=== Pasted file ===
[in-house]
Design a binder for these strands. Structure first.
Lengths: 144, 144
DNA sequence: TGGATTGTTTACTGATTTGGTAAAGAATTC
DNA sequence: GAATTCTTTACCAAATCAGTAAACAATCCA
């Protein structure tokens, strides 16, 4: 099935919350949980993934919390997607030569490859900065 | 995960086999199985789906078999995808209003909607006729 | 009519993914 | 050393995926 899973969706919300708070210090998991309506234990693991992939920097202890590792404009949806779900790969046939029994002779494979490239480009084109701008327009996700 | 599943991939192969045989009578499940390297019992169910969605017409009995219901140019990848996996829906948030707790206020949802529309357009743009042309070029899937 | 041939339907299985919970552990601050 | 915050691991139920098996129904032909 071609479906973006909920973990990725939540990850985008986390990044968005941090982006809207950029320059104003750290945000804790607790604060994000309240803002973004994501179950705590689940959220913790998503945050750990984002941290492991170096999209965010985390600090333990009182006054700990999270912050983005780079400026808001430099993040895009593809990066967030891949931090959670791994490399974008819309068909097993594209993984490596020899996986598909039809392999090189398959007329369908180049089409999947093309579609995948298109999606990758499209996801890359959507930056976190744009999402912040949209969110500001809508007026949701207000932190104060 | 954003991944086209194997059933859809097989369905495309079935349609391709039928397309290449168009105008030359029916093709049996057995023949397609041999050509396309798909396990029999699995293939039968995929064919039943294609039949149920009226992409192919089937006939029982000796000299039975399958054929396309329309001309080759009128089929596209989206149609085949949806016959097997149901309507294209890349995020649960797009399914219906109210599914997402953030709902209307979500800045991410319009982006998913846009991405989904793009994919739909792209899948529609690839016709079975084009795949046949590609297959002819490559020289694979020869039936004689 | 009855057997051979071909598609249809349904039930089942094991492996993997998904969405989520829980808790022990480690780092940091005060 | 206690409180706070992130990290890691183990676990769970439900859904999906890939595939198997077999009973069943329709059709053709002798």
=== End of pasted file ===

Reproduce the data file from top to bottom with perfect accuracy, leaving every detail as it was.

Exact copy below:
[in-house]
Design a binder for these strands. Structure first.
Lengths: 144, 144
DNA sequence: TGGATTGTTTACTGATTTGGTAAAGAATTC
DNA sequence: GAATTCTTTACCAAATCAGTAAACAATCCA
């Protein structure tokens, strides 16, 4: 099935919350949980993934919390997607030569490859900065 | 995960086999199985789906078999995808209003909607006729 | 009519993914 | 050393995926 899973969706919300708070210090998991309506234990693991992939920097202890590792404009949806779900790969046939029994002779494979490239480009084109701008327009996700 | 599943991939192969045989009578499940390297019992169910969605017409009995219901140019990848996996829906948030707790206020949802529309357009743009042309070029899937 | 041939339907299985919970552990601050 | 915050691991139920098996129904032909 071609479906973006909920973990990725939540990850985008986390990044968005941090982006809207950029320059104003750290945000804790607790604060994000309240803002973004994501179950705590689940959220913790998503945050750990984002941290492991170096999209965010985390600090333990009182006054700990999270912050983005780079400026808001430099993040895009593809990066967030891949931090959670791994490399974008819309068909097993594209993984490596020899996986598909039809392999090189398959007329369908180049089409999947093309579609995948298109999606990758499209996801890359959507930056976190744009999402912040949209969110500001809508007026949701207000932190104060 | 954003991944086209194997059933859809097989369905495309079935349609391709039928397309290449168009105008030359029916093709049996057995023949397609041999050509396309798909396990029999699995293939039968995929064919039943294609039949149920009226992409192919089937006939029982000796000299039975399958054929396309329309001309080759009128089929596209989206149609085949949806016959097997149901309507294209890349995020649960797009399914219906109210599914997402953030709902209307979500800045991410319009982006998913846009991405989904793009994919739909792209899948529609690839016709079975084009795949046949590609297959002819490559020289694979020869039936004689 | 009855057997051979071909598609249809349904039930089942094991492996993997998904969405989520829980808790022990480690780092940091005060 | 206690409180706070992130990290890691183990676990769970439900859904999906890939595939198997077999009973069943329709059709053709002798």